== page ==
Under an ongoing review of the National Curriculum the teaching of citizenship teaching is likely to be downgraded. The subject should continue to be taught, the review has recommended, but schools should have complete freedom to decide how to teach it. In future it is unlikely there will be prescribed programmes of study or assessments for the subject.
But recent research from the National Foundation for Educational Research (NFER) and the University of Essex, Citizens in Transition in England: The Longitudinal Cohort at age 19-20, suggests citizenship lessons do help young adults to make a contribution to civic society.
The researchers tracked students over a ten-year period during which citizenship education became a statutory curriculum subject for 11-16 year-olds in England. The result was the largest and longest-running study about the impact of citizenship education anywhere in the world.
It followed a cohort of young people from age 11 until they were old enough to vote, and questioned them about their attitudes towards politics and politicians.
Although the young people displayed a lack of confidence in politicians’ abilities to address key issues such as the economy, unemployment and the environment, they also showed an encouraging interest in politics more widely.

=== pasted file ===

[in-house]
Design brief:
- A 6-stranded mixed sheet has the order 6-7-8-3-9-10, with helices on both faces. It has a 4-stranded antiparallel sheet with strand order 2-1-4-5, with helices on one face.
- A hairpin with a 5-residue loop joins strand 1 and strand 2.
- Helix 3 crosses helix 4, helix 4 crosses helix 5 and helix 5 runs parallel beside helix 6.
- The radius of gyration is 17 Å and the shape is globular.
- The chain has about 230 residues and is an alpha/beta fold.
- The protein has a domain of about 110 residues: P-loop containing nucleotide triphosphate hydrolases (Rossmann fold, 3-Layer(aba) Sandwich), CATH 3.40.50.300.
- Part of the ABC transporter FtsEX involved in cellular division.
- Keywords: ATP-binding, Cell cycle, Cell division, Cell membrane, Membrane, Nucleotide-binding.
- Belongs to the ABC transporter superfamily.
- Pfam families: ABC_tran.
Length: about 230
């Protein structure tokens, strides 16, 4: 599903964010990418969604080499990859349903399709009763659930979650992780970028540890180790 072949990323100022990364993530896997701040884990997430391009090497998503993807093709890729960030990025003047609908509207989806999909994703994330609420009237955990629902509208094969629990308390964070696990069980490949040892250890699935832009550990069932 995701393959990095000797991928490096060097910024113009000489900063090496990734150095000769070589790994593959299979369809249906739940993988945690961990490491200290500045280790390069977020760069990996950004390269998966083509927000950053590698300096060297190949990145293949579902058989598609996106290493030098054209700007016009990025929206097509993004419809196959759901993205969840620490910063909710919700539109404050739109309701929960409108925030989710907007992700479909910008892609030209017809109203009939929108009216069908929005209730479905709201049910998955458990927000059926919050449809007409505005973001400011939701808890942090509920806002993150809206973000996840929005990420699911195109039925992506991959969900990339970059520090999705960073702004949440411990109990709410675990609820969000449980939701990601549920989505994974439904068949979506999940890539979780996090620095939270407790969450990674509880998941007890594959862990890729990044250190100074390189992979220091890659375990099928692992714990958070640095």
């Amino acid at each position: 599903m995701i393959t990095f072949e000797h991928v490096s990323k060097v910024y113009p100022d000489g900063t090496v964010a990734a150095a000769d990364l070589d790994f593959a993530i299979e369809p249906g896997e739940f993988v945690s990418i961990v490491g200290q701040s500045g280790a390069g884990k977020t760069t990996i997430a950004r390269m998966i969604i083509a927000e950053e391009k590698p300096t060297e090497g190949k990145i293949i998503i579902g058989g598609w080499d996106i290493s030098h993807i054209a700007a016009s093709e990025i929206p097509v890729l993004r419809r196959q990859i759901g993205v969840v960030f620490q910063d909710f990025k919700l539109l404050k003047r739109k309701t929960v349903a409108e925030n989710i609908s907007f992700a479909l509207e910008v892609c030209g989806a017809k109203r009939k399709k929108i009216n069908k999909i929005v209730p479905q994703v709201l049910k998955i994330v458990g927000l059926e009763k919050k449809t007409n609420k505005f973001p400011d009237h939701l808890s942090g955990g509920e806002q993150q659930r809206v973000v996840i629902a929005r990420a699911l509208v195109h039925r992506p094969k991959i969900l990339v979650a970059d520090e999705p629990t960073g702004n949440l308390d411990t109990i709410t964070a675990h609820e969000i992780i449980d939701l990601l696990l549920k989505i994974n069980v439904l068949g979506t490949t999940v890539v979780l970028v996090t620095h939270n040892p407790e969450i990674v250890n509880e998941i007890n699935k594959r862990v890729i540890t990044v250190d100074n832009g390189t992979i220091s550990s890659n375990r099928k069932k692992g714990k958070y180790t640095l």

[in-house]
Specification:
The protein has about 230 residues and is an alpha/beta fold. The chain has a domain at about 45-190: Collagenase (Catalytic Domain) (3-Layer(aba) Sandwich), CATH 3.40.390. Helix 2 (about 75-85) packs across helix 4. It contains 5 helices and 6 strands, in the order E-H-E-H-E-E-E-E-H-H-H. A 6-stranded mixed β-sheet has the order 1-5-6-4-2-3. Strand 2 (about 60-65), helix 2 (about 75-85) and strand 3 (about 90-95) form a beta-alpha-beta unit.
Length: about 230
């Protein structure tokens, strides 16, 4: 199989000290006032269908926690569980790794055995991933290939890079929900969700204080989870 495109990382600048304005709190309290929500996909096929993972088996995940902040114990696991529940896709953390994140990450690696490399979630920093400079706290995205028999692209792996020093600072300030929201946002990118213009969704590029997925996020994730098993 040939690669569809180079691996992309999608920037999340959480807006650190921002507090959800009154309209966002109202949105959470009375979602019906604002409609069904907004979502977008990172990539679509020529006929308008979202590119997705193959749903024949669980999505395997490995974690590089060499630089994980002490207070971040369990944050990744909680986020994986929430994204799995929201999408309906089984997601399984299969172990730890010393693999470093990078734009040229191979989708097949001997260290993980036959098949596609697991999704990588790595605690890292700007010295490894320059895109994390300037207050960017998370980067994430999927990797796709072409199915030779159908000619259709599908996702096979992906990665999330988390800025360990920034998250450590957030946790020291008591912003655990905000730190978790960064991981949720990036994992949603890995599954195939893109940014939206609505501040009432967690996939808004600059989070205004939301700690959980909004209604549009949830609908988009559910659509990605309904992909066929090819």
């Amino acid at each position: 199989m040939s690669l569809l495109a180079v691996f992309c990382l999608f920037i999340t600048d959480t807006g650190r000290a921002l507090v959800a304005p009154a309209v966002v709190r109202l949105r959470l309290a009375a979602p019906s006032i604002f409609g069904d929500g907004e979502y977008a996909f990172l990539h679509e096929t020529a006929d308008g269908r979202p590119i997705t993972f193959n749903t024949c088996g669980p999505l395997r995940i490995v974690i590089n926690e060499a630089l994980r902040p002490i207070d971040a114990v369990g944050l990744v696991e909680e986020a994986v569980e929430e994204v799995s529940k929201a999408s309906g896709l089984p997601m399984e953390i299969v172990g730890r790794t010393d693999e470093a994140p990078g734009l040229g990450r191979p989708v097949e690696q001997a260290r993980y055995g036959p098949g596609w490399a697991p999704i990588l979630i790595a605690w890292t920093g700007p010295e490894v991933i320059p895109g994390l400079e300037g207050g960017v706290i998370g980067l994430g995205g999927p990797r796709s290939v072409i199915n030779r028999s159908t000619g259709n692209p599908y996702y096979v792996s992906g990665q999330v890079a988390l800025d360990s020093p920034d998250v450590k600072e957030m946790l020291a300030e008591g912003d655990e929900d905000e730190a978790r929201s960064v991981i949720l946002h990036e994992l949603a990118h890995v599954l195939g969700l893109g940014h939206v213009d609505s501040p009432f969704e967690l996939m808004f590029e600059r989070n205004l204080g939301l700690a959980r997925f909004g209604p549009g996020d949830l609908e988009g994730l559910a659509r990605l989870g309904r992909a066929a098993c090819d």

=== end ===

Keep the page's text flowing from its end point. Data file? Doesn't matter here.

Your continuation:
Six out of ten participants in the study voted for the first time in the 2010 general election – a significantly higher figure than the estimated 44 per cent of all 18-24 year-olds who turned out. Young people are less likely to vote than the population as a whole, among whom 65 per cent voted in 2010.
While the higher turnout among the young people who had experienced statutory citizenship lessons may have been due to the fact that this was their first opportunity to vote, the authors of the report said there was a ‘legacy’ effect from their citizenship lessons.
Levels of political and economic awareness were found to be higher among those who had been most engaged with citizenship lessons while at school.
The report said:
“This is a generation of young people who are neither disinterested in nor disengaged from political and social issues and with political life”.
About half of those who voted had already decided which way to vote prior to the election. The other half made their decision during the election campaign.
These young people were clear about the issues that they thought needed to be addressed by politicians and the government. The key issues for them were:
- the economy;
- education – including student fees;
- war – on terror or in Afghanistan; and
- the National Health Service.